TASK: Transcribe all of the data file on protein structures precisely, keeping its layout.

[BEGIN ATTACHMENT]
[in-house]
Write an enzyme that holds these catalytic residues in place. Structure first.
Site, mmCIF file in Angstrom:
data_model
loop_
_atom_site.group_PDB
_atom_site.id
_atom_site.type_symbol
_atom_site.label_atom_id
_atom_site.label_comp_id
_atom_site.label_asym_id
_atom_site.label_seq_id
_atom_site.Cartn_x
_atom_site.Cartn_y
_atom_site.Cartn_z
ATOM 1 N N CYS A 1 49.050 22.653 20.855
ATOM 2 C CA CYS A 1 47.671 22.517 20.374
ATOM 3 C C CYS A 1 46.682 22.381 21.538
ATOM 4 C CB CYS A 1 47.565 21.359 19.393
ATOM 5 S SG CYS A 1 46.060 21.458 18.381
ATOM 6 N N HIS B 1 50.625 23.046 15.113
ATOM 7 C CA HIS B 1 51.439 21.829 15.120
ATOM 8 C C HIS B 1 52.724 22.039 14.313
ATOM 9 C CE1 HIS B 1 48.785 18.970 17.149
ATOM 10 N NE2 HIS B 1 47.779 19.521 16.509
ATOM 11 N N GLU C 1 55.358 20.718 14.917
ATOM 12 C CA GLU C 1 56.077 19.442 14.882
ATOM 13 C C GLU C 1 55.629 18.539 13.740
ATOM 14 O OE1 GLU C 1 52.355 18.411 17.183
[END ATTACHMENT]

[in-house]
Write an enzyme that holds these catalytic residues in place. Structure first.
Site, mmCIF file in Angstrom:
data_model
loop_
_atom_site.group_PDB
_atom_site.id
_atom_site.type_symbol
_atom_site.label_atom_id
_atom_site.label_comp_id
_atom_site.label_asym_id
_atom_site.label_seq_id
_atom_site.Cartn_x
_atom_site.Cartn_y
_atom_site.Cartn_z
ATOM 1 N N CYS A 1 49.050 22.653 20.855
ATOM 2 C CA CYS A 1 47.671 22.517 20.374
ATOM 3 C C CYS A 1 46.682 22.381 21.538
ATOM 4 C CB CYS A 1 47.565 21.359 19.393
ATOM 5 S SG CYS A 1 46.060 21.458 18.381
ATOM 6 N N HIS B 1 50.625 23.046 15.113
ATOM 7 C CA HIS B 1 51.439 21.829 15.120
ATOM 8 C C HIS B 1 52.724 22.039 14.313
ATOM 9 C CE1 HIS B 1 48.785 18.970 17.149
ATOM 10 N NE2 HIS B 1 47.779 19.521 16.509
ATOM 11 N N GLU C 1 55.358 20.718 14.917
ATOM 12 C CA GLU C 1 56.077 19.442 14.882
ATOM 13 C C GLU C 1 55.629 18.539 13.740
ATOM 14 O OE1 GLU C 1 52.355 18.411 17.183